During our stop in Page, Arizona on our Arizona road trip we knew we had to visit Antelope Canyon. There are two separate canyons, the Upper Antelope Canyon and the Lower Antelope Canyon. On the afternoon of our arrival we visited the Lower Antelope Canyon (read about it here) after a night’s rest it was time to see the Upper Antelope Canyon.
Today, the Canyons are both located on Navajo property so they can only be visited with a tour guide. There are five different tour groups with which you can visit the Upper Canyon, we visited through Antelope Canyon Tours for $45 each. Our group of about 12 piled into a covered truck bed, packed in tight, and rode the six miles from our meeting point to the canyon. Three of those miles are not on paved roads and were very bumpy and dusty, or as our tour guide Cindy called it, a Navajo massage.
When we reached the entrance, our group stood outside as Cindy explained some of the history of the canyon. This unique canyon was created by 180 million years of wind and water coming through the canyon. Even today during the summer months there are chances of flash flooding due to heavy rainfall. Throughout the canyon you’ll see logs suspended in the canyon above your head which were carried in by high waters.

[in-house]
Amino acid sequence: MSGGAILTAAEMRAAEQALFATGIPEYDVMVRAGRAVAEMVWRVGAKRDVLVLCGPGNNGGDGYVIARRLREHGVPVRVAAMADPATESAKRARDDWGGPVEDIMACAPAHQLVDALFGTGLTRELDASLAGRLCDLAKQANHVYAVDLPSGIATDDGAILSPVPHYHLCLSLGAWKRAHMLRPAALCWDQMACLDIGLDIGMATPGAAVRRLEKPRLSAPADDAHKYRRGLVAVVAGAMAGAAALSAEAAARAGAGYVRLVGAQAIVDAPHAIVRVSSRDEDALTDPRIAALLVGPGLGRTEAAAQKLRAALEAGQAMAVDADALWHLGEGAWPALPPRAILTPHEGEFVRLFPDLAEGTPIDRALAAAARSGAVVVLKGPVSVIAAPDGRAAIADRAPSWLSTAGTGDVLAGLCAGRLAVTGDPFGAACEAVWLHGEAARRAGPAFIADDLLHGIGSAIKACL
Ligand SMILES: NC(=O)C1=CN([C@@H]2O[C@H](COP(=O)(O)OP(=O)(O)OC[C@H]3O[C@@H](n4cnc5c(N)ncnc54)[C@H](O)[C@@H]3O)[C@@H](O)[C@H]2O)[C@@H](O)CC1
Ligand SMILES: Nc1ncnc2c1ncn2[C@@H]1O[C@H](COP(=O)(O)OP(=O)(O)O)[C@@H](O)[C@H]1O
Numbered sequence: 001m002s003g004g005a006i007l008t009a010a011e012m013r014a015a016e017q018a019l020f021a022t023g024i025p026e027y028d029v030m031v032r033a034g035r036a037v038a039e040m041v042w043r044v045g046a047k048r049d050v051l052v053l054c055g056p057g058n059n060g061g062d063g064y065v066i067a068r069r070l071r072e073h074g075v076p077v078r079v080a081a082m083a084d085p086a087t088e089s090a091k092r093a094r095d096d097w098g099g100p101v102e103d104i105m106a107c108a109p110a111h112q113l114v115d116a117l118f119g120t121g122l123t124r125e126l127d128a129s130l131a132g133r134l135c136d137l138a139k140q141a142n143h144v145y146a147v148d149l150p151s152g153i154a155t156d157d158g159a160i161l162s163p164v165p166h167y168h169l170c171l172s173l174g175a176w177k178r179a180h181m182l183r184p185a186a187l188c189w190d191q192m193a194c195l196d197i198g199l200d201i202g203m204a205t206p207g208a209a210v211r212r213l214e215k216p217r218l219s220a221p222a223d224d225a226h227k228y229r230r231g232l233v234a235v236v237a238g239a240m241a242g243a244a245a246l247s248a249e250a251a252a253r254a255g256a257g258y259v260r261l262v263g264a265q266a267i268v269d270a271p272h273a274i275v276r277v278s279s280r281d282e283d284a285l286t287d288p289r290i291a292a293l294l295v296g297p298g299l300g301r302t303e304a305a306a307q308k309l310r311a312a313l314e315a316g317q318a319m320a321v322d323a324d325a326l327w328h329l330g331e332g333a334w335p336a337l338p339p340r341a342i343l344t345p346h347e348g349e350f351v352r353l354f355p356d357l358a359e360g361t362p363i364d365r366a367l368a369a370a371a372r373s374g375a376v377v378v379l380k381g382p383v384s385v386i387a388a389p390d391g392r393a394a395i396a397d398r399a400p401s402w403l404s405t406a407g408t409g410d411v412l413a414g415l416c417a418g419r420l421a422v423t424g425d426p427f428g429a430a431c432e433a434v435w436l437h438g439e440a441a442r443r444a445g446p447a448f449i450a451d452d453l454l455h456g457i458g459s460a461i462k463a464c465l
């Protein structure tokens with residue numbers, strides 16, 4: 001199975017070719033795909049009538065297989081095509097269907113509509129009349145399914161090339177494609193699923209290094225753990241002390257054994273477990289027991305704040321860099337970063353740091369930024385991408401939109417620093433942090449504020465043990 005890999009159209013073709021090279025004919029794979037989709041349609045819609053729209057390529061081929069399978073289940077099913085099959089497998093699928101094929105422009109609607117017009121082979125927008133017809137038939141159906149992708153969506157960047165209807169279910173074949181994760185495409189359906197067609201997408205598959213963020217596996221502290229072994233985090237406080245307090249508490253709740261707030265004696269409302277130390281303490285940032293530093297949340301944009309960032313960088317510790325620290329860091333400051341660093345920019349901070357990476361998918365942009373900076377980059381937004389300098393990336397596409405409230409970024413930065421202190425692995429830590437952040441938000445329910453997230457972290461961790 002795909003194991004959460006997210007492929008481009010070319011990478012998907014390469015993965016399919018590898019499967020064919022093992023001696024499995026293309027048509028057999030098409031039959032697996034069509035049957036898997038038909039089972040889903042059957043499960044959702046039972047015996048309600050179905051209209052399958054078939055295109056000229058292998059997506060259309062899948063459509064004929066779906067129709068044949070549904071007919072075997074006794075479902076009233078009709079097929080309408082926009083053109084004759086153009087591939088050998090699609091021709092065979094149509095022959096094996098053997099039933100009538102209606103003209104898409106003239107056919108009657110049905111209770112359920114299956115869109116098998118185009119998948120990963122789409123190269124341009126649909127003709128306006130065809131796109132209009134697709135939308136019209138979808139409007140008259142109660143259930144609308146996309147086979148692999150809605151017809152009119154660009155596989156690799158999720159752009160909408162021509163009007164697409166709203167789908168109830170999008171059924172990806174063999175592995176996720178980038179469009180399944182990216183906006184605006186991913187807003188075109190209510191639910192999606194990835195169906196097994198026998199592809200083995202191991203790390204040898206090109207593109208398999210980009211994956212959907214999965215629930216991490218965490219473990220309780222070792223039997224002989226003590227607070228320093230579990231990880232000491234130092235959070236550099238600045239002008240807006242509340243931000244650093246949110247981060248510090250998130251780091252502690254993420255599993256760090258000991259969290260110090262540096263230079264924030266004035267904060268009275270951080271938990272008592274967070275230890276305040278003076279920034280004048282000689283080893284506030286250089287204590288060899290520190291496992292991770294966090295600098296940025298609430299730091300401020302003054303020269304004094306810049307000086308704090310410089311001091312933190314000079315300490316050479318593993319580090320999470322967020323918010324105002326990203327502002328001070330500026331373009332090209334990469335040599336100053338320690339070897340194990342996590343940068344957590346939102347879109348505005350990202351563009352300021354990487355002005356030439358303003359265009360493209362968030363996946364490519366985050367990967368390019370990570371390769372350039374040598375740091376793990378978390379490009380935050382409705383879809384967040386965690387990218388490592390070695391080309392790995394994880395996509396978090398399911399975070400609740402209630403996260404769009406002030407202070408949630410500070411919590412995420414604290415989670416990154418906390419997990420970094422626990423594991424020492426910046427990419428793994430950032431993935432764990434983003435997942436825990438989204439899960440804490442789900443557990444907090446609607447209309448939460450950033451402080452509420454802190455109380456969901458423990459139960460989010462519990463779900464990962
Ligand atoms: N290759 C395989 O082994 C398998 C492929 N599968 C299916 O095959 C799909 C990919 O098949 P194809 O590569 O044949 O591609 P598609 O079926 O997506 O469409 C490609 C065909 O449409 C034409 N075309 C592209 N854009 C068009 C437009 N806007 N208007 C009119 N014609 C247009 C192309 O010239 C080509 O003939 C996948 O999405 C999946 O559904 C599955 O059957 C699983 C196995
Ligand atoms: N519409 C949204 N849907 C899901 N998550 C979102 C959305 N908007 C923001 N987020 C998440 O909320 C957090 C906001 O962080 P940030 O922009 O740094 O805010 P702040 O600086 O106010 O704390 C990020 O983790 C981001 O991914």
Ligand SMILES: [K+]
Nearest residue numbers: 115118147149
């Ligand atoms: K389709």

We visited in mid December, during low tourist season, and the Upper Antelope Canyon was still fairly crowded. We were told its much worse in the summer months. Cindy showed us the places throughout the canyon to get the best photos and the names of different rock formations. My personal favorites were a point where the light coming through the ceiling was shaped like a heart and a spot where you could stand to have angel wings!
We walked leisurely through the 0.25 mile long canyon stopping along the way to take photos before coming out on the other side. Before I mentioned that you can only visit this canyon through a tour, this is mainly to prevent vandalism. On the sides of the canyon walls at this exit you can see bullet holes! With most all of our photos take we walked the entire way back to the truck just enjoying the views. Another dusty, bumpy ride in the back of the truck and we concluded the tour right where we started.
Visiting the Upper Antelope Canyon in December was breathtaking but in April through September at mid day beams of sunlight stream through the canyon making incredible photos. Check them out on google here! This phenomenon only happens once a day so tours at this time a more expensive and fill up fast. If you want to see it make sure to book early! Even without the stunning sunbeams, our visit to the Upper Antelope Canyon was definitely worthwhile.